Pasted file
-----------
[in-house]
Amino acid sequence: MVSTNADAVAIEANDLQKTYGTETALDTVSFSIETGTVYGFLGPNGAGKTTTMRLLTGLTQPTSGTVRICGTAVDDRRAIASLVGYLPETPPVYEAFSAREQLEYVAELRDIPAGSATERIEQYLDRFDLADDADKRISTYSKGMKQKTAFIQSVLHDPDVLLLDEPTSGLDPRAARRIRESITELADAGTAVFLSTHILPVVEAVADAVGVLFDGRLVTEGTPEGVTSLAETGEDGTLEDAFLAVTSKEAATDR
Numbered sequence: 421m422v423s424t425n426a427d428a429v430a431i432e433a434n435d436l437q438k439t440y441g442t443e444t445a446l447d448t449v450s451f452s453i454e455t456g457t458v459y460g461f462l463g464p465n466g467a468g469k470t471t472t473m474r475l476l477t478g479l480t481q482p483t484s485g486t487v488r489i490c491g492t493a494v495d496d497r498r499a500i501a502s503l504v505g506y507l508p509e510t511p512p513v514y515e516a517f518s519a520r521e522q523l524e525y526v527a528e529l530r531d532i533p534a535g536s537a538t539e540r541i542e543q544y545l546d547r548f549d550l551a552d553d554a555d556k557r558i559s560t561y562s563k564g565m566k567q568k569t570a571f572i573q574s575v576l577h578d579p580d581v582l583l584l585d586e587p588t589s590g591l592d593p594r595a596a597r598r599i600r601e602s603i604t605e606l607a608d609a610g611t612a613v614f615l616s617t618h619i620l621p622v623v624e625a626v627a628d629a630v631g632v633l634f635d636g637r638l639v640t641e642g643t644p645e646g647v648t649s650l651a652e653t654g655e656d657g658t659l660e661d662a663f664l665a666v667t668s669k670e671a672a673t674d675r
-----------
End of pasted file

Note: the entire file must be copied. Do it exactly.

[in-house]
Amino acid sequence: MVSTNADAVAIEANDLQKTYGTETALDTVSFSIETGTVYGFLGPNGAGKTTTMRLLTGLTQPTSGTVRICGTAVDDRRAIASLVGYLPETPPVYEAFSAREQLEYVAELRDIPAGSATERIEQYLDRFDLADDADKRISTYSKGMKQKTAFIQSVLHDPDVLLLDEPTSGLDPRAARRIRESITELADAGTAVFLSTHILPVVEAVADAVGVLFDGRLVTEGTPEGVTSLAETGEDGTLEDAFLAVTSKEAATDR
Numbered sequence: 421m422v423s424t425n426a427d428a429v430a431i432e433a434n435d436l437q438k439t440y441g442t443e444t445a446l447d448t449v450s451f452s453i454e455t456g457t458v459y460g461f462l463g464p465n466g467a468g469k470t471t472t473m474r475l476l477t478g479l480t481q482p483t484s485g486t487v488r489i490c491g492t493a494v495d496d497r498r499a500i501a502s503l504v505g506y507l508p509e510t511p512p513v514y515e516a517f518s519a520r521e522q523l524e525y526v527a528e529l530r531d532i533p534a535g536s537a538t539e540r541i542e543q544y545l546d547r548f549d550l551a552d553d554a555d556k557r558i559s560t561y562s563k564g565m566k567q568k569t570a571f572i573q574s575v576l577h578d579p580d581v582l583l584l585d586e587p588t589s590g591l592d593p594r595a596a597r598r599i600r601e602s603i604t605e606l607a608d609a610g611t612a613v614f615l616s617t618h619i620l621p622v623v624e625a626v627a628d629a630v631g632v633l634f635d636g637r638l639v640t641e642g643t644p645e646g647v648t649s650l651a652e653t654g655e656d657g658t659l660e661d662a663f664l665a666v667t668s669k670e671a672a673t674d675r